Saccharomyces boulardii: Why I use this probiotic

Welcome to another Self Care Sunday! I really enjoy our time together each Sunday as we pause and reflect on ways to improve our health: physically, emotionally and sometimes even spiritually. This week, let’s have a probiotic discussion, focusing on Saccharomyces boulardii. I just had Lasik surgery on my eyes which is one of the best decisions I have made, but every surgery comes with its cost. Even with this quick eye surgery, I find myself using an ophthalmic antibiotic four times a day for seven days. I don’t like to take antibiotics, but I also do not want to risk an eye infection. Is there a way to support our bodies when we have to take antibiotics? Yes, and it is Saccharomyces boulardii.

The antibiotic is ciprofloxacin, and it is in an opthalmic suspension, which just means that it is eye drops. While I do like the fact that I am putting the antibiotic directly where I need it, as opposed to taking an antibiotic in pill form; I can still feel a difference just with the eye drops. After applying the eye drops, within a few minutes, I can smell their medicinal odor and then I begin to taste it as well. It is an unpleasant smell and taste, but more importantly, it reminds me that these medicines are impacting my entire body, not just my eyes.

The Problem with Antibiotics

Our gastrointestinal microflora (gut microbiome) is full of bacteria, yeasts and other microorganism that live within our digestive tracts. Some are good (nonpathogenic), and some are bad (pathogenic). We have a problem when the bad guys outweigh the good guys. This can lead to gatrointestinal disease.

Studies show that our gatrointestinal microflora is a main regulator of our immune system within the gut and other major organs. (Source)

About 80% of our immune system lies within our guts. Once our gut microbiome is compromised, it is easy to see that our immune system is compromised as well. And no one wants a compromised immune system. Are you with me? Autoimmunity is when the body’s immune system reacts inappropriately by seeing a part of the body as an enemy and attacking it. Essentially, the immune system turns on its own body with very damaging results. This is why so many people with an autoimmune disease (such as myself) change their diets and seek to restore gut health.

The problem with antibiotics is that they are completely nondiscriminatory. Antibiotics wipe out both the bad bacteria and the good bacteria. Once the slate is wiped clean, it can be much easier for the bad bacteria to take hold and proliferate moving forward.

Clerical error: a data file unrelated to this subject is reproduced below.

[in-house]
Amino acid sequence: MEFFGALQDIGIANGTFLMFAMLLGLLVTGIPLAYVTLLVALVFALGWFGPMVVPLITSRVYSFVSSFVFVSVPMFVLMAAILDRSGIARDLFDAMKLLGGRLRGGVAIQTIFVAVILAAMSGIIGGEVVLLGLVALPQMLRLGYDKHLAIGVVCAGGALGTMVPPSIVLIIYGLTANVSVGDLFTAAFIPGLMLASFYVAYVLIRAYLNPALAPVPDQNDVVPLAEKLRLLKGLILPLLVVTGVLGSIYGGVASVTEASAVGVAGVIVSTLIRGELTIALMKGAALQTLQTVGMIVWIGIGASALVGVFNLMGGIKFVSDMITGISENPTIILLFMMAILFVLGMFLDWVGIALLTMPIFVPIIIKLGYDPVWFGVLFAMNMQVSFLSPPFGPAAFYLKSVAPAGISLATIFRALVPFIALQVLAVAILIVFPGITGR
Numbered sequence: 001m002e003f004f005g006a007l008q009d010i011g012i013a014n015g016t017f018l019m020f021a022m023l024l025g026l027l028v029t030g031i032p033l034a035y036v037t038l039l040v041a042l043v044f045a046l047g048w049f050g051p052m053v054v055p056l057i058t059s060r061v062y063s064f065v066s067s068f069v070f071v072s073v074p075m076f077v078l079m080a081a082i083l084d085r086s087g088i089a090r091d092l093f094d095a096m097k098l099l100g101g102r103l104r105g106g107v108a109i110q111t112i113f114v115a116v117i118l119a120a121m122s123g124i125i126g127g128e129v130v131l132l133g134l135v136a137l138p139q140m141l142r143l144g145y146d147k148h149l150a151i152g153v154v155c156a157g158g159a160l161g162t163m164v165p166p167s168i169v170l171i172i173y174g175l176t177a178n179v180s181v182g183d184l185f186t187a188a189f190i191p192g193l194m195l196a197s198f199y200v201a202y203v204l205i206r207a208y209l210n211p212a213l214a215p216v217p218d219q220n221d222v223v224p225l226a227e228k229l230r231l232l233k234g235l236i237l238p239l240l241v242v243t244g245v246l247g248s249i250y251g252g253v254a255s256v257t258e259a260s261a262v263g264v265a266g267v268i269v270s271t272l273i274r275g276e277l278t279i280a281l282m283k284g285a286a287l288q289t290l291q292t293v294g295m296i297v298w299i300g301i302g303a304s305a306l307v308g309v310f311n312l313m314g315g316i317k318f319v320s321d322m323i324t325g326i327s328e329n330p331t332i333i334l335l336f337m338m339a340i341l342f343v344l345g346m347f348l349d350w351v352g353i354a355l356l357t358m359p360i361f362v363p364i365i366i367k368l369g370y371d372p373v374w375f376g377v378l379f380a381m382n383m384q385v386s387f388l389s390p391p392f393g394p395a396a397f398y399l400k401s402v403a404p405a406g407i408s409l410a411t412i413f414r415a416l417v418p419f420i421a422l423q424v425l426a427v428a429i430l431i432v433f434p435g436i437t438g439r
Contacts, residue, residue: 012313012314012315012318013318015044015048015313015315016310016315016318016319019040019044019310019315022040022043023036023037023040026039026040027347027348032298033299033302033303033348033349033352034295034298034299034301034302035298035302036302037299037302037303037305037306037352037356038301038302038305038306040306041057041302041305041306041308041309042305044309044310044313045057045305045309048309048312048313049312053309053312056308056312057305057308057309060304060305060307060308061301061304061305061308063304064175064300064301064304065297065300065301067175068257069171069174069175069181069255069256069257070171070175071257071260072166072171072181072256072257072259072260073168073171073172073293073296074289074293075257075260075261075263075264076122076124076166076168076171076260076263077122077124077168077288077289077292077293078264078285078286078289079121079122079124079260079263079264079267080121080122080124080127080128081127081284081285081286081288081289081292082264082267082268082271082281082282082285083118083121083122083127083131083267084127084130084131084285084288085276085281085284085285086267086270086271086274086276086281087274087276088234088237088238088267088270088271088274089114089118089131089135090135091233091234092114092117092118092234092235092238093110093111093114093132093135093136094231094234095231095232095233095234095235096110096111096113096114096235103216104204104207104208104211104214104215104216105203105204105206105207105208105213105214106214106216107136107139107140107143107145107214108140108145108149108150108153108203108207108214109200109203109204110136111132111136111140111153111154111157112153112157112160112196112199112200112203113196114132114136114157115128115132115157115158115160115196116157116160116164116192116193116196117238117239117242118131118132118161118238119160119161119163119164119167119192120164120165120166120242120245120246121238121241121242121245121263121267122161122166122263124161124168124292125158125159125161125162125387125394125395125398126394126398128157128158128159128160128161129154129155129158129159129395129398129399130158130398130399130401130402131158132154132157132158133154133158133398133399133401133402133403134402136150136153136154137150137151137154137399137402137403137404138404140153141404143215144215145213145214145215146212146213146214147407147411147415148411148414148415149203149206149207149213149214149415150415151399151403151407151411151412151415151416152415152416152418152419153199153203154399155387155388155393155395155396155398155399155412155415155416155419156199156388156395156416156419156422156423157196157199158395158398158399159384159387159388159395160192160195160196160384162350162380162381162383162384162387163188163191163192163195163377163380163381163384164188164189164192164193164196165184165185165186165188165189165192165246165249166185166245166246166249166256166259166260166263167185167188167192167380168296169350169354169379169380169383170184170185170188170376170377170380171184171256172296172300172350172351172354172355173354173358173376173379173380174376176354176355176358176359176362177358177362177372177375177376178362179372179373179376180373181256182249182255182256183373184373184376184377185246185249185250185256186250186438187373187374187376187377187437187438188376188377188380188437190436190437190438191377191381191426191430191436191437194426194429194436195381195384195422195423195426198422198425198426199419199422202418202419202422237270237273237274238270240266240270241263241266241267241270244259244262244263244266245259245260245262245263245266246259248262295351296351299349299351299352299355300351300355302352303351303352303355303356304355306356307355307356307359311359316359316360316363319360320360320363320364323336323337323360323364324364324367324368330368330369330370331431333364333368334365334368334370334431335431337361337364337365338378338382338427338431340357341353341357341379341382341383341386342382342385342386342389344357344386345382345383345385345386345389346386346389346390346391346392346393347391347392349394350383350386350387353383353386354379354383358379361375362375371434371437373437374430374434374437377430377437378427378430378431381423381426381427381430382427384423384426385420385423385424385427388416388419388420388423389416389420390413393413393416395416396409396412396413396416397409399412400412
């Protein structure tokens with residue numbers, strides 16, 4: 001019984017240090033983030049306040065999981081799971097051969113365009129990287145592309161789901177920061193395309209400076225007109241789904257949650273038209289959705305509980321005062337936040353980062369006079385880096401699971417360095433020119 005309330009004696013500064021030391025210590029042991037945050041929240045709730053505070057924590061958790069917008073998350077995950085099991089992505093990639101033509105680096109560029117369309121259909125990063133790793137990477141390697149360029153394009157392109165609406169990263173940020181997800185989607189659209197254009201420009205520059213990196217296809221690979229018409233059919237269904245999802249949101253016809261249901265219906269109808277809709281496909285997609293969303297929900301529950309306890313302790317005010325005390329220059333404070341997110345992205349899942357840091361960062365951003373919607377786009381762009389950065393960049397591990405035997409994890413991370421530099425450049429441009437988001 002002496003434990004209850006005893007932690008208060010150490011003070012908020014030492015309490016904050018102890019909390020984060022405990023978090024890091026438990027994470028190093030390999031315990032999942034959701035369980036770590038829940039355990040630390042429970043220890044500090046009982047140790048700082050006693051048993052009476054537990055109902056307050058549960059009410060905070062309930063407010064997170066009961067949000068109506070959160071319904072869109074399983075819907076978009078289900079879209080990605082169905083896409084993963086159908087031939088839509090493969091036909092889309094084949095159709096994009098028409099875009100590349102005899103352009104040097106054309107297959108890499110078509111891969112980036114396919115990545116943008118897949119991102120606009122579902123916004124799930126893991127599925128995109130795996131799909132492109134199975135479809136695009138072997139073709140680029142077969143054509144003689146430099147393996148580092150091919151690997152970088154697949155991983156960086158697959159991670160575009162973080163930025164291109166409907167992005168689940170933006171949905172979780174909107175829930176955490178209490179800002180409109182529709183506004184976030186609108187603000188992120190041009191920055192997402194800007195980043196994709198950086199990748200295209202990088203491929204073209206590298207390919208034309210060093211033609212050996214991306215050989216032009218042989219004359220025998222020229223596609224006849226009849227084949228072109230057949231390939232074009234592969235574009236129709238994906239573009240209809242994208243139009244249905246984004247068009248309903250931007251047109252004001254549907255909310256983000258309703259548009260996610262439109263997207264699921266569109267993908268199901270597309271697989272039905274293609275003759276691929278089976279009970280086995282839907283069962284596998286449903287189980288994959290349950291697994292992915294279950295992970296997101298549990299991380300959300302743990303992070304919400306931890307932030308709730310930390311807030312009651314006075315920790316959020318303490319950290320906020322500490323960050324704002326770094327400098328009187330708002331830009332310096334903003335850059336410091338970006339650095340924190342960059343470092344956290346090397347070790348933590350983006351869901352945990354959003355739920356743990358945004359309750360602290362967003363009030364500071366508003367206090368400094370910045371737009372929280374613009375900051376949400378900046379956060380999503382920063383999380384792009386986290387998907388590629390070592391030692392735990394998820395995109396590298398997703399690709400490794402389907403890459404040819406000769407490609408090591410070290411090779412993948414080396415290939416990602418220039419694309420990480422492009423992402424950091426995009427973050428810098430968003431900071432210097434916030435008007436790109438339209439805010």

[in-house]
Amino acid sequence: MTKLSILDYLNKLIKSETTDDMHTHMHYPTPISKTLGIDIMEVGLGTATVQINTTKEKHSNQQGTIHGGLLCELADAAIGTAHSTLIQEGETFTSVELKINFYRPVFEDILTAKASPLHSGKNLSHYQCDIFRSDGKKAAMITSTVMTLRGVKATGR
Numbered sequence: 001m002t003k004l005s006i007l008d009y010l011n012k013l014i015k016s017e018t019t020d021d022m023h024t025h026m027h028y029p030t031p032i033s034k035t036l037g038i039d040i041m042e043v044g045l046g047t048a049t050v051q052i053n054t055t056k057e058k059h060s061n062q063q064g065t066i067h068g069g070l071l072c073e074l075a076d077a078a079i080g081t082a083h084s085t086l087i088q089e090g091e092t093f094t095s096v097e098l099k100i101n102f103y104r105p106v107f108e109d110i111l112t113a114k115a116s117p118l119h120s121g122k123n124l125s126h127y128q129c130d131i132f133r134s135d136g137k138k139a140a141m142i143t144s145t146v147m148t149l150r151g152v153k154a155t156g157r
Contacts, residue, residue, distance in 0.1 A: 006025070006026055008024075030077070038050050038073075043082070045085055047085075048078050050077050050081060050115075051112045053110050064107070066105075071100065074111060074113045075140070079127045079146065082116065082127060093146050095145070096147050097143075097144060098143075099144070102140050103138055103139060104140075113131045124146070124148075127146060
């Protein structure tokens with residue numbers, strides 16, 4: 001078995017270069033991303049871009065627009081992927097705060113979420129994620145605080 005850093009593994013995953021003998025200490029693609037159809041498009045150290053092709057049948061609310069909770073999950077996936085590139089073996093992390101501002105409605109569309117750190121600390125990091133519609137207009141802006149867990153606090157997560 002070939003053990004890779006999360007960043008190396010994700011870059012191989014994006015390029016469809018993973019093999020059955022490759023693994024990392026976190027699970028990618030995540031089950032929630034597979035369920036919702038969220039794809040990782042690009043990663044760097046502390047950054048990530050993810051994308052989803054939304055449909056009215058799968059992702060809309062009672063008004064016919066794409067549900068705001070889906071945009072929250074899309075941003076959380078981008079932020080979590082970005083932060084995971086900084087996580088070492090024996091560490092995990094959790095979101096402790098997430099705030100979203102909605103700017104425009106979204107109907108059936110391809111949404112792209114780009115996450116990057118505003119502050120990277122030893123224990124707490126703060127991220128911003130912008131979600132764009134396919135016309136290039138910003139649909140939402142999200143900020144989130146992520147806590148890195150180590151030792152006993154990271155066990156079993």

A body where pathogenic bacteria and yeasts have taken over is a body in a world of hurt.

A bigger issue with antibiotics is the fact that we are just beginning to see how they can impact pathogenic bacteria in such a way that actually makes it stronger. Antibiotics have been used so extensively that the infectious organisms they are designed to kill are adapting to them, making the antibiotics ineffective. This research is concerned with antibiotic-resistant strains of bacteria or “super bugs”.

According to the CDC, each year in the U.S., at least 2 million people contract an antibiotic-resistant infection, and at least 23,000 die. That’s right…each year.

Naturally, the first defense for combating antibiotics is to not take them unnecessarily. The CDC studied the 262 million people received antibiotic prescriptions from physicians, and they estimated 30% were unnecessary (Source).

But, what if you do have to take antibiotics? If you have surgery, or a severe infection, antibiotics may be necessary. If you do have to take antibiotics, then it is a good idea to understand how to support your gut microbiome throughout the process.

Highly Recommended Probiotics

As soon as we begin to talk about the gut microbiome, most people now recognize the importance of probiotics. Probiotics are bacteria found in the digestive tract that help the body to absorb nutrients and support immune system function, as we already discussed. Probiotics can be related to digestive health, skin health and immune function. Additionally, having abundant probiotics in the gut also keeps the pathogenic bacteria and yeasts in check. Prebiotics are also becoming a common term – prebiotics are the food source for the probiotics to keep them working well.

We get our first probiotics from our birth mothers – it is a part of the passing through the birth canal process. You literally get what your Momma gives you. C-sections bypass this process, which is why it is especially important to focus on probiotics and gut health for these babies.

After that process, we gain probiotics from what we eat, including fermented foods. However, most of us do not eat a lot of fermented foods, or as we discussed, we face a round of antibiotics that will reduce our probiotics.

The next step is to start taking probiotics as a dietary supplement.